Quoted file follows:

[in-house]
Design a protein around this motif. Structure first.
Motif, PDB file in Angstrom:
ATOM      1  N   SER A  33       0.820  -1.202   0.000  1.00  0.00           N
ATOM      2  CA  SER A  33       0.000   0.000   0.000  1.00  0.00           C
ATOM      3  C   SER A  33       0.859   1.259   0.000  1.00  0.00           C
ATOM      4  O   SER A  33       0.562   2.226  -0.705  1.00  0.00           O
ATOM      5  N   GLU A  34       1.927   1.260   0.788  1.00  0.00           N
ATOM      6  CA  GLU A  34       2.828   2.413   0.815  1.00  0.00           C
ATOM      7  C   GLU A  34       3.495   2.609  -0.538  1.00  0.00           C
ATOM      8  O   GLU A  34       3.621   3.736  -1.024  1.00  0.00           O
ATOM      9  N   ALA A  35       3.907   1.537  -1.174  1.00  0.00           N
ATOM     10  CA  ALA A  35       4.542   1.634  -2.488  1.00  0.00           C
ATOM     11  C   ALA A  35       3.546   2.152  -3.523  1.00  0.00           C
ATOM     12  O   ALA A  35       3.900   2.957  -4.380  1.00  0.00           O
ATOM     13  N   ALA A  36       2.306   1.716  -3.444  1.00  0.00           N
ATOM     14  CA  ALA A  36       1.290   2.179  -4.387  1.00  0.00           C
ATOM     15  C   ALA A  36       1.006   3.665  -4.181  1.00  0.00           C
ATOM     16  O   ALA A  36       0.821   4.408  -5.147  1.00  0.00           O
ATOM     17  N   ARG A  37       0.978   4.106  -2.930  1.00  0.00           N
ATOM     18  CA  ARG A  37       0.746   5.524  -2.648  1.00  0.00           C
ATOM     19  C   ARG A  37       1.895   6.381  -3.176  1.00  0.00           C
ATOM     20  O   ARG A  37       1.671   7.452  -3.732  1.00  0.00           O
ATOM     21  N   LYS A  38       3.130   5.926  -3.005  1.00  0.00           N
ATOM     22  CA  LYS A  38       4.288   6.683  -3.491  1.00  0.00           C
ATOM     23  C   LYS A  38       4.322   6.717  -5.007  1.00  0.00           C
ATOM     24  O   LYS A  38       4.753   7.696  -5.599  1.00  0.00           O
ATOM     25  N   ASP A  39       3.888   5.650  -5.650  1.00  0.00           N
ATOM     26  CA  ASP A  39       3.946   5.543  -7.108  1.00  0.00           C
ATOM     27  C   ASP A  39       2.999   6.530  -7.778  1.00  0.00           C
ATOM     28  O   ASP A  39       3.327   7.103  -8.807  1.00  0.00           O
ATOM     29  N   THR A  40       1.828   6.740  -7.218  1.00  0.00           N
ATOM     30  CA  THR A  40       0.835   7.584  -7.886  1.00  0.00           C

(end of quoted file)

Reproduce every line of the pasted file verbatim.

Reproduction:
[in-house]
Design a protein around this motif. Structure first.
Motif, PDB file in Angstrom:
ATOM      1  N   SER A  33       0.820  -1.202   0.000  1.00  0.00           N
ATOM      2  CA  SER A  33       0.000   0.000   0.000  1.00  0.00           C
ATOM      3  C   SER A  33       0.859   1.259   0.000  1.00  0.00           C
ATOM      4  O   SER A  33       0.562   2.226  -0.705  1.00  0.00           O
ATOM      5  N   GLU A  34       1.927   1.260   0.788  1.00  0.00           N
ATOM      6  CA  GLU A  34       2.828   2.413   0.815  1.00  0.00           C
ATOM      7  C   GLU A  34       3.495   2.609  -0.538  1.00  0.00           C
ATOM      8  O   GLU A  34       3.621   3.736  -1.024  1.00  0.00           O
ATOM      9  N   ALA A  35       3.907   1.537  -1.174  1.00  0.00           N
ATOM     10  CA  ALA A  35       4.542   1.634  -2.488  1.00  0.00           C
ATOM     11  C   ALA A  35       3.546   2.152  -3.523  1.00  0.00           C
ATOM     12  O   ALA A  35       3.900   2.957  -4.380  1.00  0.00           O
ATOM     13  N   ALA A  36       2.306   1.716  -3.444  1.00  0.00           N
ATOM     14  CA  ALA A  36       1.290   2.179  -4.387  1.00  0.00           C
ATOM     15  C   ALA A  36       1.006   3.665  -4.181  1.00  0.00           C
ATOM     16  O   ALA A  36       0.821   4.408  -5.147  1.00  0.00           O
ATOM     17  N   ARG A  37       0.978   4.106  -2.930  1.00  0.00           N
ATOM     18  CA  ARG A  37       0.746   5.524  -2.648  1.00  0.00           C
ATOM     19  C   ARG A  37       1.895   6.381  -3.176  1.00  0.00           C
ATOM     20  O   ARG A  37       1.671   7.452  -3.732  1.00  0.00           O
ATOM     21  N   LYS A  38       3.130   5.926  -3.005  1.00  0.00           N
ATOM     22  CA  LYS A  38       4.288   6.683  -3.491  1.00  0.00           C
ATOM     23  C   LYS A  38       4.322   6.717  -5.007  1.00  0.00           C
ATOM     24  O   LYS A  38       4.753   7.696  -5.599  1.00  0.00           O
ATOM     25  N   ASP A  39       3.888   5.650  -5.650  1.00  0.00           N
ATOM     26  CA  ASP A  39       3.946   5.543  -7.108  1.00  0.00           C
ATOM     27  C   ASP A  39       2.999   6.530  -7.778  1.00  0.00           C
ATOM     28  O   ASP A  39       3.327   7.103  -8.807  1.00  0.00           O
ATOM     29  N   THR A  40       1.828   6.740  -7.218  1.00  0.00           N
ATOM     30  CA  THR A  40       0.835   7.584  -7.886  1.00  0.00           C